Screaming Parents Often Produce Screaming Kids
Like water to a sponge, children absorb what they see parents do and what they hear parents say. Do you scream? It is a slow buildup or a speedy explosion? Some children react by screaming back or tuning out; while others experience fear and react with passive apprehension.
Screaming sets off a physiological reaction in both parents and children. As the brain releases the stress hormone called cortisol, the body goes into fight, flight, or freeze mode. Cognitive brain shuts down and emotional brain takes over. The intensity increases as the screaming becomes louder and louder and louder.
Know your buttons and triggers. We all have triggers but just owning your buttons does not mean you do not have to make changes. Are you set off by backtalk, power struggles, a smarty attitude, defiance?
Children are like little lumps of clay and experience the environment through seeing, hearing, touching, smelling, and tasting. As the potter shapes the clay into a statue, a parent shapes the child into an individual. Parents influence how their children think, feels, act, react and behavior is learned by observing others. Children do not learn well when disciplined by a screaming adult.
Parents, if you want calm kids then you need to cultivate calmness. Learning to manage your own emotional actions and reactions is vital. Why do you scream? Perhaps, your parents screamed and their parents screamed and their parents screamed. No matter how overwhelmed, irritated, annoyed, or angry you are, the simple fact is that you are still responsible for your words and behaviors. While it is okay to feel mad, it is not okay to scream at your children.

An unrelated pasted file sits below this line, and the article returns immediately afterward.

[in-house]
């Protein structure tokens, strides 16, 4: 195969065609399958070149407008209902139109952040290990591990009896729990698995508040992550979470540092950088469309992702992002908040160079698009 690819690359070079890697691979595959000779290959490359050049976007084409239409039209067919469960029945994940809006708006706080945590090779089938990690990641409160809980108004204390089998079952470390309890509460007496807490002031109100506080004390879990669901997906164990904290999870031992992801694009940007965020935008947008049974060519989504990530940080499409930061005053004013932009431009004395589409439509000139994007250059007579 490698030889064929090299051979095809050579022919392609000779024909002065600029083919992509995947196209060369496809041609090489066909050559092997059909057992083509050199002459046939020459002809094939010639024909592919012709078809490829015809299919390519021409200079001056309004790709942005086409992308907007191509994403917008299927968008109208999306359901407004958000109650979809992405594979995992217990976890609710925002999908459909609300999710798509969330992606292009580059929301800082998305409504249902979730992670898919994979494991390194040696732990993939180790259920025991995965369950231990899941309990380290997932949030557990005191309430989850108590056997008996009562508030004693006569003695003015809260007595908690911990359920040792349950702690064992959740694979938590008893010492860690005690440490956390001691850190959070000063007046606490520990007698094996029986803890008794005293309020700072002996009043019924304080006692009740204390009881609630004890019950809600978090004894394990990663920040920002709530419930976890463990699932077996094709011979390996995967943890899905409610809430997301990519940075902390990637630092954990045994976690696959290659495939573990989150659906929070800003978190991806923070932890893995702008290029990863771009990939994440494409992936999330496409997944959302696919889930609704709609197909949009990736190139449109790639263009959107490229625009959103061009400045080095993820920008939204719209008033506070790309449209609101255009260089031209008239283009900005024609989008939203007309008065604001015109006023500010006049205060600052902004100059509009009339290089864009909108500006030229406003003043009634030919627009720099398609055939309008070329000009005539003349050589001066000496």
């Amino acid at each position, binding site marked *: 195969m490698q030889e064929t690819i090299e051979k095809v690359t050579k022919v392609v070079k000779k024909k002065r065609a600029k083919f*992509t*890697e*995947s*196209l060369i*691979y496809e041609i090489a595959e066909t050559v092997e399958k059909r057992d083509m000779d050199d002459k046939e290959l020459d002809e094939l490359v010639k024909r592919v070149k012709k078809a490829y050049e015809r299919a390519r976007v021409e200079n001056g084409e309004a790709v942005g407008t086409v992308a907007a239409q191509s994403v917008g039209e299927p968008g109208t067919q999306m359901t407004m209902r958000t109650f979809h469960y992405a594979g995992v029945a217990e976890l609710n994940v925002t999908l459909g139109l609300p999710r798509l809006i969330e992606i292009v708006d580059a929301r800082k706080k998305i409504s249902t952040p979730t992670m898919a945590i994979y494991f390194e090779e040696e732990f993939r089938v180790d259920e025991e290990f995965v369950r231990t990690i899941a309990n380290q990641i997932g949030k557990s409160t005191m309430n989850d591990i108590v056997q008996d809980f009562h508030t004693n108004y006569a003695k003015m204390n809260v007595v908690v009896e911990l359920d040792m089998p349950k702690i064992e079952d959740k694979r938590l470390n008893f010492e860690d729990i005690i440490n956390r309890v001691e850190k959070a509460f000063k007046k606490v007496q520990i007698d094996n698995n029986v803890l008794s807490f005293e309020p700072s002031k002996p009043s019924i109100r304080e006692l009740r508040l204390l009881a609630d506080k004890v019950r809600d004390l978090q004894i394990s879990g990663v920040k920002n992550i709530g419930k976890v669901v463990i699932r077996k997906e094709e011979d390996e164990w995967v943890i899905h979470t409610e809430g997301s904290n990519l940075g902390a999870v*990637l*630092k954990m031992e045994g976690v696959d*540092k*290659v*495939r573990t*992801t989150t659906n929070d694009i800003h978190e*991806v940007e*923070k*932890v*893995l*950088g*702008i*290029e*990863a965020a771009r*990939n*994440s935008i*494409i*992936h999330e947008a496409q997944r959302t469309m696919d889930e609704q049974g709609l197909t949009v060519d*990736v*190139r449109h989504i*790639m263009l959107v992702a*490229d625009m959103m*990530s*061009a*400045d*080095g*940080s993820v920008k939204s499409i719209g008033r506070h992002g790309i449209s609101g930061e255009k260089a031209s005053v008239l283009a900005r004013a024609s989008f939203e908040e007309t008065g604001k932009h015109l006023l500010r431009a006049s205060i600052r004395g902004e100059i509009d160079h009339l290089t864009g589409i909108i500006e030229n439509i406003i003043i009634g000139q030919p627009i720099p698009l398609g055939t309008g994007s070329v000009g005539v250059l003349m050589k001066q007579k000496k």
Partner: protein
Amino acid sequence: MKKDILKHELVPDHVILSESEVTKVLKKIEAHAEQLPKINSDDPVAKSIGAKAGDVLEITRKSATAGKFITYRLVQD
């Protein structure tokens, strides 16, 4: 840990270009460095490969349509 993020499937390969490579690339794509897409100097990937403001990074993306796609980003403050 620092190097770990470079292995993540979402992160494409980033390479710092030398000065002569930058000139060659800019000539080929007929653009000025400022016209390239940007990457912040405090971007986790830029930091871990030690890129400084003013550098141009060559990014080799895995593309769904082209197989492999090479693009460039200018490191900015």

Take a ‘Parent Pause’ to prevent screaming. Stop and take several deep breaths. Go into the bathroom and splash cold water on your face. Run around the house. Plop an ice cube in your mouth. Take a ‘Parent Timeout’ and set yourself in a chair until you calm down. YOU can break the screaming habit. Take your adult temper tantrum temperature and find ways to chill before you discipline.
Parents or partners who scream at each other are teaching children to scream at siblings or peers. Children learn about relationships from living with their families. Learning how to tame your tongue will improve your relationships. Think about the following questions: Do I allow my feelings to control me? Do I blame my children for my loss of control? Do I believe change is a choice? How will my life be different after I learn to discipline with composure?
Family communication takes effort. Communication is like a pizza, made up of an assortment of ingredients and toppings; listening, understanding, clarifying, thinking, responding, reading facial expressions and body language, interacting with questions, statements, opinions, ideas, seeking information and giving answers, expressing emotion. Since the beginning, humankind has sought ways to communicate and interact. We communicate by way of language; a system composed of words and meanings; a vocabulary of sounds; and nonverbal body expressions. Our voices contain tone and pitch which also convey meaning. Learning to manage emotions is a key piece of interpersonal communication and conflict resolution.
Hal Runkel, author of the book, ScreamFree Parenting: Raising Your Kids by Keeping Your Cool, states “Kids are going to act out the anxiety that exists within their family system…if you want to feel calm in your family, that calm starts with you.” Read articles about screaming, shouting, and yelling at the website www.todaysparent.com.
Take the parent challenge. Can you go a week without screaming at your child? Can you go a day without yelling? Try it and see what happens. Screaming families may benefit by attending family counseling services. Both parents and children can learn to communicate with calmness. Commit to change. Your family is worth it. Until next time, stay calm and parent on!
Dr. Missy, Ph.D., is a feelings helper, child therapist, consultant, educator, and self-syndicated columnist. She provides therapeutic services at Affirmations, Columbus, Ohio. Contact her at firstname.lastname@example.org.